Racial disparities in maternal mortality by state, 2013-2017

Elise Parks, MPH, Sarah Milder, MPH and Kristin Shaw, MPH, Arundel Metrics, Incorporated, Saint Paul, MN

APHA's 2019 Annual Meeting and Expo (Nov. 2 - Nov. 6)


The black-white disparity in maternal mortality is widely acknowledged but little has been done to describe geographic variation in the disparity. We assessed the statewide variation between black and white maternal mortality ratios (MMRs) and the magnitude of the black-white disparity for each state.


Maternal mortality ratios were calculated nationally and for the 23 states with 10 or more maternal deaths among non-Hispanic black and non-Hispanic white subpopulations using CDC's 2013-2017 National Vital Statistics System. Maternal mortality ratios were defined as the number of deaths within 42 days of termination of pregnancy, irrespective of the duration and site of the pregnancy from any cause related to, or aggravated by, pregnancy or its management excluding accidental or incidental causes per 100,000 live births.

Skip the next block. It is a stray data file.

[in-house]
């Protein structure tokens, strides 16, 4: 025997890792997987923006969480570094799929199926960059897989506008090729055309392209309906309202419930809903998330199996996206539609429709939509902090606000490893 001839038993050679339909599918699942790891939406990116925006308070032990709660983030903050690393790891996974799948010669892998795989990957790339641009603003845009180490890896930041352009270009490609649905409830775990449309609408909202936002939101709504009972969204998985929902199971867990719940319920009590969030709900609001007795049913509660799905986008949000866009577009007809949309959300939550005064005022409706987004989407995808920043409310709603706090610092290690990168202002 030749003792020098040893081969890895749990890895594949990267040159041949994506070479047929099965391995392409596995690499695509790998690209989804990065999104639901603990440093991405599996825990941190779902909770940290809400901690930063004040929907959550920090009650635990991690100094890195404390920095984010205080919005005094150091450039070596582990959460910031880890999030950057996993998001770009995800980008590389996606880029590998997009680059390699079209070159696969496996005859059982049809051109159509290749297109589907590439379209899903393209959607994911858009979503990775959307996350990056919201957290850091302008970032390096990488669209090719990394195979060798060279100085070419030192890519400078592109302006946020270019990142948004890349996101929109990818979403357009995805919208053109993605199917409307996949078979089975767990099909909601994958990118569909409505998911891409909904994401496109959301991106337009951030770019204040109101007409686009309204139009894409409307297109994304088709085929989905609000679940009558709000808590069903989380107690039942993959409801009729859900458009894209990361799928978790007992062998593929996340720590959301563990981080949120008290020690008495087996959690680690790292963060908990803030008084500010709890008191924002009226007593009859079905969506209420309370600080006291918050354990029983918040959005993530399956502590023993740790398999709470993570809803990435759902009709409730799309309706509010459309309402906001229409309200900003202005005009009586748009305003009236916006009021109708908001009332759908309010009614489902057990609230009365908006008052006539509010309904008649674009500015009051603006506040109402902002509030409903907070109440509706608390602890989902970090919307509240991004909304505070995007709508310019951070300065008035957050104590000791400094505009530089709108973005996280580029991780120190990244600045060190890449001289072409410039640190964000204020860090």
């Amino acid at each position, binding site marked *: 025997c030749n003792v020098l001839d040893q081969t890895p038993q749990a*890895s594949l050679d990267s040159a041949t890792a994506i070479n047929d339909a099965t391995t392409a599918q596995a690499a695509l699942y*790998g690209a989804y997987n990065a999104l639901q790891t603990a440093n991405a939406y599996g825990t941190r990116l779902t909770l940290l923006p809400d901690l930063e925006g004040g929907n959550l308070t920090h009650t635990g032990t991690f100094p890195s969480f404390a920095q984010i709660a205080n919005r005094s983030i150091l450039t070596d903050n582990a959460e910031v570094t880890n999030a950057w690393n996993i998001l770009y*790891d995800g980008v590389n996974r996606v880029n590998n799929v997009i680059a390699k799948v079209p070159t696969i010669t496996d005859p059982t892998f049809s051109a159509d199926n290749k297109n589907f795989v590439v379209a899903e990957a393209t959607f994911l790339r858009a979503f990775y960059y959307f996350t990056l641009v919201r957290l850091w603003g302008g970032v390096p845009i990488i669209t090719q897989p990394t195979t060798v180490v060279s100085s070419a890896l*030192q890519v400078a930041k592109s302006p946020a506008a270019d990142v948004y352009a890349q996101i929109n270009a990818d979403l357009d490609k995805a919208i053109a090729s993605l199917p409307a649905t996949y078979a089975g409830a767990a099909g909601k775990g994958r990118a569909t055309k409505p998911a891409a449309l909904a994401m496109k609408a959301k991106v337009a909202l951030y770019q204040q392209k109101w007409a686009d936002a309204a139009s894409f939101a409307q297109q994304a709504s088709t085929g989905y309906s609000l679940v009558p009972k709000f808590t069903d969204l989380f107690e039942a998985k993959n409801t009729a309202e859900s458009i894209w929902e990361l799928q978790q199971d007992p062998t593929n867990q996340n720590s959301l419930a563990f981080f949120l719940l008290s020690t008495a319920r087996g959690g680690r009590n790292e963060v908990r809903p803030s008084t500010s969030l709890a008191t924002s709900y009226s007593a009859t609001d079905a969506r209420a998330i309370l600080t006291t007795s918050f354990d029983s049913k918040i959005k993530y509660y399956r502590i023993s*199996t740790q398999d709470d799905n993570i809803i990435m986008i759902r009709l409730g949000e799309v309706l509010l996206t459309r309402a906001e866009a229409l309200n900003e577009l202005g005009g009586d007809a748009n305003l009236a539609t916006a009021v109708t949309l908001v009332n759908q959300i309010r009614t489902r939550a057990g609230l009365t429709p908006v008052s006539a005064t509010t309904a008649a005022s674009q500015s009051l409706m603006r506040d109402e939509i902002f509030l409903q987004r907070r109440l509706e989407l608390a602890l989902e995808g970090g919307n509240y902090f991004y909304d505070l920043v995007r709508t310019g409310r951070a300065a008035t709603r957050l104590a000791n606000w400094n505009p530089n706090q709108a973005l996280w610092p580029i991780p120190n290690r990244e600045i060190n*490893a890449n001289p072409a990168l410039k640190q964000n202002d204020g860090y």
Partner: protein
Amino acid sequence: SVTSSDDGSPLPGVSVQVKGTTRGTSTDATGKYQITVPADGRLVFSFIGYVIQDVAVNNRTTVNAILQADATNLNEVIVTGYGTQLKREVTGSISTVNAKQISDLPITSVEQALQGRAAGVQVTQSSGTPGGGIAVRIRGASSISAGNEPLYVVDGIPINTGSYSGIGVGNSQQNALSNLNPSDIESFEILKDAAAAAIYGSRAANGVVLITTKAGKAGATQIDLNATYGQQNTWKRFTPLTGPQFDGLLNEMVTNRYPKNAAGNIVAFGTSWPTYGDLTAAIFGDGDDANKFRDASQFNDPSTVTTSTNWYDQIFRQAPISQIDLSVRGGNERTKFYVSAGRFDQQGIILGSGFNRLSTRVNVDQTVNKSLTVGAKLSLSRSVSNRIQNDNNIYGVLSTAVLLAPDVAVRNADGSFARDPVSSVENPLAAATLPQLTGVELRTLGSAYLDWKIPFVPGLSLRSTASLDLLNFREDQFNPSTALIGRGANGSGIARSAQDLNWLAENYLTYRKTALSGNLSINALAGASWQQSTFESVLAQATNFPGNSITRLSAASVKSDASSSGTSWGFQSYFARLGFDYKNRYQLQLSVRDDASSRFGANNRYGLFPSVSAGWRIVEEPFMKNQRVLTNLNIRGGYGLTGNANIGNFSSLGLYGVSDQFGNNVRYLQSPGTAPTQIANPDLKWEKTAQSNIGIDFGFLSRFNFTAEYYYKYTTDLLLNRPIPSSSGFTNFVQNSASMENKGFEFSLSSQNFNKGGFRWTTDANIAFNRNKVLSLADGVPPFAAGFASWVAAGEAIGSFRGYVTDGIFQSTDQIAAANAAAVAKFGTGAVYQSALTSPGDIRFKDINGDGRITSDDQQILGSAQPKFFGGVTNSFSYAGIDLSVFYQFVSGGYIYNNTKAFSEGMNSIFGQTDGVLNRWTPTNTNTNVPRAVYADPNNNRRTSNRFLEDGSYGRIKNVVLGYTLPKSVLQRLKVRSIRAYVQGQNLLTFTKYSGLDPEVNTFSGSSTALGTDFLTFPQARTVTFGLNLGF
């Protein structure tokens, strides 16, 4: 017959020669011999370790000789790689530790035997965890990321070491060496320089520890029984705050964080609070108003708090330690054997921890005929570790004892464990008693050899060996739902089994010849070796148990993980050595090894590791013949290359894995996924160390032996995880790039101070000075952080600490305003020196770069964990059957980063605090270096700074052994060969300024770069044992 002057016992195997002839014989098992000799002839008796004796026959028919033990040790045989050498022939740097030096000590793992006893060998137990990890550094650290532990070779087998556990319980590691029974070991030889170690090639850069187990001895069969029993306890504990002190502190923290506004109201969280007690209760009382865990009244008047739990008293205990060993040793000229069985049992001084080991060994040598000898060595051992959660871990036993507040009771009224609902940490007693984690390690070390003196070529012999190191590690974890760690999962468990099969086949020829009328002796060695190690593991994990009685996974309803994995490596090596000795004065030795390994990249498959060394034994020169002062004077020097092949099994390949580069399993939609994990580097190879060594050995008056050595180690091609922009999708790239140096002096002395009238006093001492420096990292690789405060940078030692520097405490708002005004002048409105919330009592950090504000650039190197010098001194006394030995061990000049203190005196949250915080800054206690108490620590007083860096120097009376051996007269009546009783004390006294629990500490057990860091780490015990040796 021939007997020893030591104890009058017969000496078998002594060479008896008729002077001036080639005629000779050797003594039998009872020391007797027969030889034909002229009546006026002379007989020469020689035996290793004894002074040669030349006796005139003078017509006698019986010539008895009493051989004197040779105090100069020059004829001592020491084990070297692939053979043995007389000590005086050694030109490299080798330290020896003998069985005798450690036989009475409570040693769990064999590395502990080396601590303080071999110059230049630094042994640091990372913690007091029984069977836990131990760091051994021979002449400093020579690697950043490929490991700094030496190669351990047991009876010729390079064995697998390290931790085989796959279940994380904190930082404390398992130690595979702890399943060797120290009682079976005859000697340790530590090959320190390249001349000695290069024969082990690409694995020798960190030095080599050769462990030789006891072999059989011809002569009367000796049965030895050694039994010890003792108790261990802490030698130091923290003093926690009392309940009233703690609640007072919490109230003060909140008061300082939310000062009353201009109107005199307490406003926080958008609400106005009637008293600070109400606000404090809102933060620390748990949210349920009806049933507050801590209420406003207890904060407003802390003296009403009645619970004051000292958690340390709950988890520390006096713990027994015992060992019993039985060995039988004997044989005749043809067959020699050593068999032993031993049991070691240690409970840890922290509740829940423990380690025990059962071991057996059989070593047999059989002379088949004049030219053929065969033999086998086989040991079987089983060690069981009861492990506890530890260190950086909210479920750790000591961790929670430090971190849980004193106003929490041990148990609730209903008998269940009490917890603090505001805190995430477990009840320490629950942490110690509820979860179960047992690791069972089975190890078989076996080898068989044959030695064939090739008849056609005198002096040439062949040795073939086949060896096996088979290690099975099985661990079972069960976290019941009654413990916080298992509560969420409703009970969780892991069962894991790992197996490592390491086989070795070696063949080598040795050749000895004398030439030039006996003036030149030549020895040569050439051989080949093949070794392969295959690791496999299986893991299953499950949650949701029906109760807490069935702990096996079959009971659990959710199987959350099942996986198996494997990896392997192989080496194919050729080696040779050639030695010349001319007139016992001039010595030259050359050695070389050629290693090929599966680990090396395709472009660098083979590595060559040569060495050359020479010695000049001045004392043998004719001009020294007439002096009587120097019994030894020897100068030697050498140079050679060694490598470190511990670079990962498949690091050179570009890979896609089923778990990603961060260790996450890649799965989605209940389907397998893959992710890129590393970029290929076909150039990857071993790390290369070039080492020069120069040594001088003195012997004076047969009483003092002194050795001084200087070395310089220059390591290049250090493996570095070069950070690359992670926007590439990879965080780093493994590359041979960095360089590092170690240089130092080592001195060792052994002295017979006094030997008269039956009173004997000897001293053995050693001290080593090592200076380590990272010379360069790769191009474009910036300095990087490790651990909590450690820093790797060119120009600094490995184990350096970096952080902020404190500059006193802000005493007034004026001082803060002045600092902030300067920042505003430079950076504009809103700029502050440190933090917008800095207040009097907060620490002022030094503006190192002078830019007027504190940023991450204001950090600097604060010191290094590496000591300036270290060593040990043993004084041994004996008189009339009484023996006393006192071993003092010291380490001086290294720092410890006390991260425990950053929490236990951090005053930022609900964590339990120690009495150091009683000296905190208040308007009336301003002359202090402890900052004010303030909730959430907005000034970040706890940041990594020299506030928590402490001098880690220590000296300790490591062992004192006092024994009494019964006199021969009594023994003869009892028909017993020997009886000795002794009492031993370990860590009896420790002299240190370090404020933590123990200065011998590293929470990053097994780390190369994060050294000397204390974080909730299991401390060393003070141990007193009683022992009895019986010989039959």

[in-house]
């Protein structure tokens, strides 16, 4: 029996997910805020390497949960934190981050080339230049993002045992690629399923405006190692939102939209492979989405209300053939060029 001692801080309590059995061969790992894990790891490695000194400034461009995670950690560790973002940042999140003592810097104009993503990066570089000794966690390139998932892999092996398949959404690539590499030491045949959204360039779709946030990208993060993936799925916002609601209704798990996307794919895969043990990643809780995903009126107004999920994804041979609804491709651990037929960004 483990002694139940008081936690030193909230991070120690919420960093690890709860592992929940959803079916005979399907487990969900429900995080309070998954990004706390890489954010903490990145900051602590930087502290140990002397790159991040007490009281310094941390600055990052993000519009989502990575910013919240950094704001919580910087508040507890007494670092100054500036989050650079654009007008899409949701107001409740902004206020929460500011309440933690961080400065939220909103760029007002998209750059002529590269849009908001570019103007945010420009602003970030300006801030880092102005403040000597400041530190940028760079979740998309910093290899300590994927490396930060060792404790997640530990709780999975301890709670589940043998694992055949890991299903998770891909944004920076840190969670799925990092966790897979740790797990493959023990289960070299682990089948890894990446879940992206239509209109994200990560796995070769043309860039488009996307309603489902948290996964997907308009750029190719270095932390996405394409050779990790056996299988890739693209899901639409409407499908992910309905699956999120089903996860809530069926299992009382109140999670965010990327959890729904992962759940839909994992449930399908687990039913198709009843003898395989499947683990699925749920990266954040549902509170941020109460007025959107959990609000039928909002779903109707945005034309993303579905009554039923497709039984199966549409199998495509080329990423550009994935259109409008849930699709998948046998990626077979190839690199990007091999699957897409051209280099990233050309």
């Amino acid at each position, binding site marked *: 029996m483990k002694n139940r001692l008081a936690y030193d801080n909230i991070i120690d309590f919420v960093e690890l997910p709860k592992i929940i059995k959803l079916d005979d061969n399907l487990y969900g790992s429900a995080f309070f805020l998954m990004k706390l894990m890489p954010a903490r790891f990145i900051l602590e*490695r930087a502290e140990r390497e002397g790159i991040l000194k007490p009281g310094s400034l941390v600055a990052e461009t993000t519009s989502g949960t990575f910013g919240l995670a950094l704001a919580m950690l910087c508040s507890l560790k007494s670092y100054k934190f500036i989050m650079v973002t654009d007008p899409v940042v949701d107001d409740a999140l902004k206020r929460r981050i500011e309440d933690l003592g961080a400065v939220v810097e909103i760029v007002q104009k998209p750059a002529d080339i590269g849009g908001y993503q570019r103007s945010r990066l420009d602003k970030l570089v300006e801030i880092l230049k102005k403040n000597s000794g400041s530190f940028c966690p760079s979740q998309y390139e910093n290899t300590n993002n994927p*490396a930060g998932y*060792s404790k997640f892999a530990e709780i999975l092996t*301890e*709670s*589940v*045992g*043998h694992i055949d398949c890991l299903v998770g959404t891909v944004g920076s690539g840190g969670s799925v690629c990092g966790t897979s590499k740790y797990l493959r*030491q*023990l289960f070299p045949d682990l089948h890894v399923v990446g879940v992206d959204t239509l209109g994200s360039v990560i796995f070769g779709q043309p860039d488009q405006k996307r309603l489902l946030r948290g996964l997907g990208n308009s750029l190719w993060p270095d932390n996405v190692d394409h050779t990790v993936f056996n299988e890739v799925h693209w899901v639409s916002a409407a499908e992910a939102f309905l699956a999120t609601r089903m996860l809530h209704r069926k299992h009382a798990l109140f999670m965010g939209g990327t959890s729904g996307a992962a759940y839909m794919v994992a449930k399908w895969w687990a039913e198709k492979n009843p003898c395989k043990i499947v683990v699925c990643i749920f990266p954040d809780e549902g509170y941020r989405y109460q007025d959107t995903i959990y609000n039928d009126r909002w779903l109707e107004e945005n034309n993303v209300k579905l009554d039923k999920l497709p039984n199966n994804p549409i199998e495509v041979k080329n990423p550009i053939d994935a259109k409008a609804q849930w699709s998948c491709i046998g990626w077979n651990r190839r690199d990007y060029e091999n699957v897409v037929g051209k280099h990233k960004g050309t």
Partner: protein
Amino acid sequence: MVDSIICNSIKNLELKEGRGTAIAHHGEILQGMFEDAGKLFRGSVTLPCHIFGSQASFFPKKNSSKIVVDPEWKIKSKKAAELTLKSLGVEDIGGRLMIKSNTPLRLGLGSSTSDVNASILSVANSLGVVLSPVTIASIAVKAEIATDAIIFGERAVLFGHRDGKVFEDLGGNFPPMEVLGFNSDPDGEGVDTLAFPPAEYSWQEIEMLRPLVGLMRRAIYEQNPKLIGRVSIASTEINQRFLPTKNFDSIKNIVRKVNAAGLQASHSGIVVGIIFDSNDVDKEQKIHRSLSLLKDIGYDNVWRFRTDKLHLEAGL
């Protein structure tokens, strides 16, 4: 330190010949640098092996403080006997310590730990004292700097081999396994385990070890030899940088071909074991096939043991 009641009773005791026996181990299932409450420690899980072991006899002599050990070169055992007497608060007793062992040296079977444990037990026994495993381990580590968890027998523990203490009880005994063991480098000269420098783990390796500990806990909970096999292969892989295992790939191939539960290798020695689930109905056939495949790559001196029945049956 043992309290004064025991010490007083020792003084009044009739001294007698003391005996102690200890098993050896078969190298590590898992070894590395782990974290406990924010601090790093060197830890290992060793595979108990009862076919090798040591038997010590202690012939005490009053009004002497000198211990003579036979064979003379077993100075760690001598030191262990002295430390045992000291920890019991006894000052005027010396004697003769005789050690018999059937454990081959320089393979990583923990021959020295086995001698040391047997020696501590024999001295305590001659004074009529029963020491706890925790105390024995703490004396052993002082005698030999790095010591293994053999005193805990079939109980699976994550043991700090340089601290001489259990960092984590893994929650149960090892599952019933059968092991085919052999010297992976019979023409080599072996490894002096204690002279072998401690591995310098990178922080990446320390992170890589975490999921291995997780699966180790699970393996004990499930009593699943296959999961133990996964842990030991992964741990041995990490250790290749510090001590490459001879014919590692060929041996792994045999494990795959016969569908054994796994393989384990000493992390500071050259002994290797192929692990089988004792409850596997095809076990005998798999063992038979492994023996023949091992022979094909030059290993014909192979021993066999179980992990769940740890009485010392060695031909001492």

Nationally, the MMR among black women was 2.5 times higher at 48.2 deaths per 100,000 live births, compared with 19.1 deaths per 100,000 live births among white women. The MMR among black women was greater in every state examined, ranging from 1.3 times greater in Mississippi (23.2 deaths per 100,000 vs. 18.5 deaths per 100,000) to 4.3 times greater in New York (50.1 deaths per 100,000 vs. 11.5 death per 100,000).


The racial disparity between black and white women persists across all states examined. To address maternal mortality and morbidity, states must consider the role of structural, overt, and covert racism in maternal deaths.

Epidemiology Public health or related research